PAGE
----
Why it will be far from a Merry Christmas for many families in 2016

Christmas is a time when the whole family can come together over a delicious meal and spend time whiling away the hours, full of laughter and rich food… or at least, this is the dream. Unfortunately though, this is something that many families won’t get to experience this year.

As we at Hylton-Potts also gear up for the festive period, the clients we meet with each day remind us that not everyone can have the kind of Christmas they want. In fact, with the rising rates of shoplifting towards the end of the year, we are shown how desperate some families are to give their children the Christmas Day they deserve.

We’ve written several blog posts recently about the changes to the benefit system, such as the roll out of Universal Credit and its impact on households across the UK. However, we feel it’s important to bring to your attention that more change is needed.

When unsuspecting people are being investigated for benefit fraud and have their benefits suspended indefinitely, there is often nothing to keep them going until a decision has been reached. For weeks on end, they are put under a huge amount of emotional and financial distress, and with the added pressure of Christmas, this can often lead them to crime just so they and their children can survive.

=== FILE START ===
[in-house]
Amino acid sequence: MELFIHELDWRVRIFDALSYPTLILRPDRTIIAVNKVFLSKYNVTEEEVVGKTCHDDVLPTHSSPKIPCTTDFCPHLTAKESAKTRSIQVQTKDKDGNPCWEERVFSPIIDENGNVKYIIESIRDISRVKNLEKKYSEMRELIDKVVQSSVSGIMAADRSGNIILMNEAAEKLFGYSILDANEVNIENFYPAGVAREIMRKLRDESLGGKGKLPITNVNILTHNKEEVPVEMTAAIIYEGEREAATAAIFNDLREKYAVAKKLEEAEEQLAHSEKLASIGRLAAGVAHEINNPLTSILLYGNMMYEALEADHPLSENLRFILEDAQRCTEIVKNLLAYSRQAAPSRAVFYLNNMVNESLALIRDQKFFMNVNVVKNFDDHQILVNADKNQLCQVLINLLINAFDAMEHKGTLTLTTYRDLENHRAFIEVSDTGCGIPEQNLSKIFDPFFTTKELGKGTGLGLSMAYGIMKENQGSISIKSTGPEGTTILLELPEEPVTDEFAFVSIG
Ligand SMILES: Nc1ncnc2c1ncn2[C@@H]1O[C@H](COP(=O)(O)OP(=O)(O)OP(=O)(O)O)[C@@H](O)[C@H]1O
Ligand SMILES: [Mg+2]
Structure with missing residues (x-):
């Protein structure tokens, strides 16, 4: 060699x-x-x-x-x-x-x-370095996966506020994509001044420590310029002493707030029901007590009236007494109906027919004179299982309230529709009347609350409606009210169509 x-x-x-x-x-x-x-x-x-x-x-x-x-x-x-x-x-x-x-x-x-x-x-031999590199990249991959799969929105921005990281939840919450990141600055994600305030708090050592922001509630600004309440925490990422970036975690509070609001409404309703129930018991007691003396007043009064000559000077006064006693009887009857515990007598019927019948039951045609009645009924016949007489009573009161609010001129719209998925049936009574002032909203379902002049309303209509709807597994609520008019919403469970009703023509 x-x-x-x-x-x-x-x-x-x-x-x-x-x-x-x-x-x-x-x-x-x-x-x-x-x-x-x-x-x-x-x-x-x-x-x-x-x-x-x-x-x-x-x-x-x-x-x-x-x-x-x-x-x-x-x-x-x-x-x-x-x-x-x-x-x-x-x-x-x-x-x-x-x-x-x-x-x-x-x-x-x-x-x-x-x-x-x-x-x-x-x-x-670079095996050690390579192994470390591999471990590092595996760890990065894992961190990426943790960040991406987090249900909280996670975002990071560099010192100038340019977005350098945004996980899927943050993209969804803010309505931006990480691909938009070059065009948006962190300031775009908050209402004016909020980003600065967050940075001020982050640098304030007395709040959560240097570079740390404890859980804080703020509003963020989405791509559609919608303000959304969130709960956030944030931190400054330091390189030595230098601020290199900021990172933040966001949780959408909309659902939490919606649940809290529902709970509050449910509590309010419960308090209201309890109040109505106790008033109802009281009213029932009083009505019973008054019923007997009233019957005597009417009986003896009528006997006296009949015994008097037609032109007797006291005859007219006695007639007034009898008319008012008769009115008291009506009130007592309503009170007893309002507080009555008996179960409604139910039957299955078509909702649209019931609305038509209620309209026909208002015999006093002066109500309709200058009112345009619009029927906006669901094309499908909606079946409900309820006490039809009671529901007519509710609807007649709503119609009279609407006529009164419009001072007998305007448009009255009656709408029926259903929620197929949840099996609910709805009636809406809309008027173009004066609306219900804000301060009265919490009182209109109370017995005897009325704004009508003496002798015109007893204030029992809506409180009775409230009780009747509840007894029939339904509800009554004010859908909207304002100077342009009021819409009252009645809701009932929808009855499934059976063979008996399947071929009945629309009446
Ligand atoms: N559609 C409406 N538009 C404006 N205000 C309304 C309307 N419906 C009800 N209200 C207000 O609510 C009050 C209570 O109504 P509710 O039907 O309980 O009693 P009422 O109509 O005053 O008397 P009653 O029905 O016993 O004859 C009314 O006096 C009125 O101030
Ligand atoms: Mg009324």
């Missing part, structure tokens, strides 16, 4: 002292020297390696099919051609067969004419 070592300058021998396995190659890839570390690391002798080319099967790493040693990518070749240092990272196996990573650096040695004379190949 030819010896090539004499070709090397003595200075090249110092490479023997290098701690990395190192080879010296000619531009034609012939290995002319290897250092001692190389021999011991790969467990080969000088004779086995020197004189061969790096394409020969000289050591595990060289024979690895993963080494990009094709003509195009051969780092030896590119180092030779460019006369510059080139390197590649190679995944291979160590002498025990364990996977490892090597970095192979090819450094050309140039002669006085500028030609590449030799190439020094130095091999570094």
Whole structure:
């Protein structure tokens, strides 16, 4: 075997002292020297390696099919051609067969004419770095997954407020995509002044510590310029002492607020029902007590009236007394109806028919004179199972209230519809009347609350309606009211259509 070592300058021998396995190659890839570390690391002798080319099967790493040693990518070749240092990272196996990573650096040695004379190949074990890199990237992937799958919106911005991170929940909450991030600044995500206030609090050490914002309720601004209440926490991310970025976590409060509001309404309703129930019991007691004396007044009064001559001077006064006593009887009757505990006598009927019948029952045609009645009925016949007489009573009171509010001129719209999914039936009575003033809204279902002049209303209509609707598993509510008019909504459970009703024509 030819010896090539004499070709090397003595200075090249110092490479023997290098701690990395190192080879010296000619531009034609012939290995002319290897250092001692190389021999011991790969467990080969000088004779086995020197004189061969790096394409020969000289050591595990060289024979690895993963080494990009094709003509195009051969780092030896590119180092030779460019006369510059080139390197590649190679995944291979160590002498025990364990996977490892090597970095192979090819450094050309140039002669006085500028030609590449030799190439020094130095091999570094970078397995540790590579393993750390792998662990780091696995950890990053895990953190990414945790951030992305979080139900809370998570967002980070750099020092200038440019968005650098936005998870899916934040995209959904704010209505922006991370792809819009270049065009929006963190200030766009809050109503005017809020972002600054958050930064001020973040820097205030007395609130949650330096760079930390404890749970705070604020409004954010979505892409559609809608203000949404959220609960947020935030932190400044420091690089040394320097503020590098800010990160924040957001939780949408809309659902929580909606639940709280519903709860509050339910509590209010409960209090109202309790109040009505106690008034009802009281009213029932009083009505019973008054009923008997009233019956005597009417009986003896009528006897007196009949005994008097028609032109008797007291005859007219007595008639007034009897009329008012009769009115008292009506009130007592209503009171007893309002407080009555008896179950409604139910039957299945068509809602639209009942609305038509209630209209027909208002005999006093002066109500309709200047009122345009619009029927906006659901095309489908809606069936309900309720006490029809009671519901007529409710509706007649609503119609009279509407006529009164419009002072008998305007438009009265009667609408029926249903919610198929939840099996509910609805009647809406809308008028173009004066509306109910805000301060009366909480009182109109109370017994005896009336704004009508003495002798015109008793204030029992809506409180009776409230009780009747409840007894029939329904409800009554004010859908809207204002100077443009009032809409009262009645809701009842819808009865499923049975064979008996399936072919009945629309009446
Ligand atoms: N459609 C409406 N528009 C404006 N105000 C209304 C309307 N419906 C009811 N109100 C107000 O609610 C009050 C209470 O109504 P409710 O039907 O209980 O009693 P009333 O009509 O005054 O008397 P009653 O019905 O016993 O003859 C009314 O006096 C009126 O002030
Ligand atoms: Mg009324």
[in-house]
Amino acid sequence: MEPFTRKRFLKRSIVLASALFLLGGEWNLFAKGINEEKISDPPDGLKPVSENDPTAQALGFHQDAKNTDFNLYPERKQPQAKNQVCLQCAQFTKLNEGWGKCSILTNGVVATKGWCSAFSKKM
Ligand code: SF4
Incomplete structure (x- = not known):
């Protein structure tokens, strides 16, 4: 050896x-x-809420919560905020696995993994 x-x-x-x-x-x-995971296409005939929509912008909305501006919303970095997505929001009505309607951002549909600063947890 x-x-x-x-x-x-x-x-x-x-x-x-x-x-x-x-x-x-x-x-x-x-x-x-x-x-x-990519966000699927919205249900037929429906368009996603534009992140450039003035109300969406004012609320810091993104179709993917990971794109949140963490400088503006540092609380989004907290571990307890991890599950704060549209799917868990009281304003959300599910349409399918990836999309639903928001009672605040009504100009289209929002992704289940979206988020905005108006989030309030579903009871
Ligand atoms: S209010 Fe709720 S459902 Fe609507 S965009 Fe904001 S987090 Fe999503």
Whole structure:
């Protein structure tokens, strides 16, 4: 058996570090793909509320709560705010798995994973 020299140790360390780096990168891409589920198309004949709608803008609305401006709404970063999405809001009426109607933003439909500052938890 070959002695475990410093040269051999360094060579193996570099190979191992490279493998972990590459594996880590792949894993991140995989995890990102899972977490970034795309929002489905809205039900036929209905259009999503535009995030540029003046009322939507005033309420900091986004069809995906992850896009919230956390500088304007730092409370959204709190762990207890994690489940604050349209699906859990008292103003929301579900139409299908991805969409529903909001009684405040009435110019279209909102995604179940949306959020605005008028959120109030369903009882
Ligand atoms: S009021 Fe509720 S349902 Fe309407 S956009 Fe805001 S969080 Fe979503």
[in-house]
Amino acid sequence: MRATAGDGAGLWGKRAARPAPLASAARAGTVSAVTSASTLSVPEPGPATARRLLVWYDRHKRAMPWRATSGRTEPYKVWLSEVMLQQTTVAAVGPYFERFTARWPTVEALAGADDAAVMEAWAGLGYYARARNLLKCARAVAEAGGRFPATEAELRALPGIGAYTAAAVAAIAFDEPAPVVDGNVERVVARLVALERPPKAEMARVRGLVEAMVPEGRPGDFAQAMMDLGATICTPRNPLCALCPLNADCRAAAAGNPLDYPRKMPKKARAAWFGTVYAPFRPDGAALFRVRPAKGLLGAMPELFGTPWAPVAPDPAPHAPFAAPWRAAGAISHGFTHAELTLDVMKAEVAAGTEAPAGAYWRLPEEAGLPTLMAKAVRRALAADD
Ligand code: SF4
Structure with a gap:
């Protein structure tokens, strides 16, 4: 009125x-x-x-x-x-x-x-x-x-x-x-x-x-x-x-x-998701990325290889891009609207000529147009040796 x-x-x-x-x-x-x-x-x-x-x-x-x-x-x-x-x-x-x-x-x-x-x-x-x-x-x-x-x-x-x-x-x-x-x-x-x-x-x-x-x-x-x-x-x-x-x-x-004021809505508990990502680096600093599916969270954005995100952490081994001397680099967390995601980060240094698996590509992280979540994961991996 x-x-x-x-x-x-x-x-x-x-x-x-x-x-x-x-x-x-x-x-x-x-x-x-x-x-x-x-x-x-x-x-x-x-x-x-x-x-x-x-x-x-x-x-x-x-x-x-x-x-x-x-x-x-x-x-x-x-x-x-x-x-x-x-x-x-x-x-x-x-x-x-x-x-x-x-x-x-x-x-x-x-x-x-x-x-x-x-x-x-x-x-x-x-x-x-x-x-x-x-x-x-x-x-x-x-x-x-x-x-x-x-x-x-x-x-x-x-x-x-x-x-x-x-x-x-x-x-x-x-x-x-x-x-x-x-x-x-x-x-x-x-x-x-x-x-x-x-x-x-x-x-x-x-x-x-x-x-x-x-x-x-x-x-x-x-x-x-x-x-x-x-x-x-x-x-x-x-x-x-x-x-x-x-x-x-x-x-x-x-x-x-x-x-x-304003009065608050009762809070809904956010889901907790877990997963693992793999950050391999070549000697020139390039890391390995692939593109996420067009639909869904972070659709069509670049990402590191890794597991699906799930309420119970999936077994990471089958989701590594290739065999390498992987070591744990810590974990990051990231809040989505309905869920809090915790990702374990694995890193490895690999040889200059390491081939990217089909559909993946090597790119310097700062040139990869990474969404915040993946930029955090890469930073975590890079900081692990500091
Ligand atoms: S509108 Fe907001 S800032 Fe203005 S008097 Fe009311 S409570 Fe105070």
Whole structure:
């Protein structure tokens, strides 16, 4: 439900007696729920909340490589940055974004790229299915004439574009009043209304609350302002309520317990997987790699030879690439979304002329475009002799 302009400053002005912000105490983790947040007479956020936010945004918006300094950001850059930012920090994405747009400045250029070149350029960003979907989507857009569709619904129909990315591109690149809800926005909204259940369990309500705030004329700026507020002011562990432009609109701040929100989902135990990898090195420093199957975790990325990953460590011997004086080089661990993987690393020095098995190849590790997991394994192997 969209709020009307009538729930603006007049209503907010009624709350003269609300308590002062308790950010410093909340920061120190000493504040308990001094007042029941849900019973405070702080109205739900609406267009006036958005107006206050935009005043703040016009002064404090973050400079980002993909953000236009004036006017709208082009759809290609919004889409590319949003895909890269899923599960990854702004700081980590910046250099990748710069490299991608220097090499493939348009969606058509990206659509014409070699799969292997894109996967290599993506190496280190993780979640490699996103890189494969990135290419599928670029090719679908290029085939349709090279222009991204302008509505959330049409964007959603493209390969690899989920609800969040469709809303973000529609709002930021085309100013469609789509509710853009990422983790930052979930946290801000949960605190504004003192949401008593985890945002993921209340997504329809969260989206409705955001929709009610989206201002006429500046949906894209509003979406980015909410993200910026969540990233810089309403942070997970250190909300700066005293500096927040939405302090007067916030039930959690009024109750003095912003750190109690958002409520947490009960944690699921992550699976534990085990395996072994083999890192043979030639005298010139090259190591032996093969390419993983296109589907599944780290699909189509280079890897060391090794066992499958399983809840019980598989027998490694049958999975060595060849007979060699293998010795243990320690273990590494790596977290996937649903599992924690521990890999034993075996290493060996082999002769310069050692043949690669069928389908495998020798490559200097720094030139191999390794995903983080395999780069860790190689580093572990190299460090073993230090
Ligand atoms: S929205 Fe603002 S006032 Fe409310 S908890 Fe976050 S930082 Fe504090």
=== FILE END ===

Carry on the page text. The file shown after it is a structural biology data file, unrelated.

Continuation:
In today’s post, we’re going to highlight just a few cases that show how harmful current legislation can be to households, and discuss why such approaches should be changed.

How are families struggling?

The number of people turning to shoplifting just to feed their families is growing each year, and it’s surprising how frequently they are punished rather than being directed to those who can help them overcome their financial problems.

It could be that you’ve found yourself in this position already and you’re on this page for advice, and if that’s the case, know that you’re not alone. There are hundreds of families and individuals across the country who will be struggling this Christmas, and some of the most recent examples prove just how archaic the legislation in place to handle these cases is.

For example, the Mirror reported on how the recent benefits cap is leaving children hungry and cold, as their parents are forced to cut the amount they spend on food and heating. In a recent study conducted by End Child Poverty, they surveyed 1,000 parents and asked how they had reacted to the benefits cap.

Shockingly, one in five claimed to have cut back on food, while a similar number had turned off the heating as a response. This is equivalent to one and a half million parents across the UK, with two and a half million children.

One mother from Yeovil can certainly sympathise with these figures; Emma Louise Booth had her benefits temporarily stopped and was unable to make ends meet. On 3rd November this year, she attended her magistrates court hearing where she was charged with shoplifting, which she claims she did so that her children could have packed lunches.

According to reports, Ms Booth was spotted by a security guard putting some items into a trolley and others into her bag as she walked around Morrisons. While she had £20 left to pay for some of her shopping, which she did at the checkout, the extra items which she says were for her children, she walked out of the shop without paying for.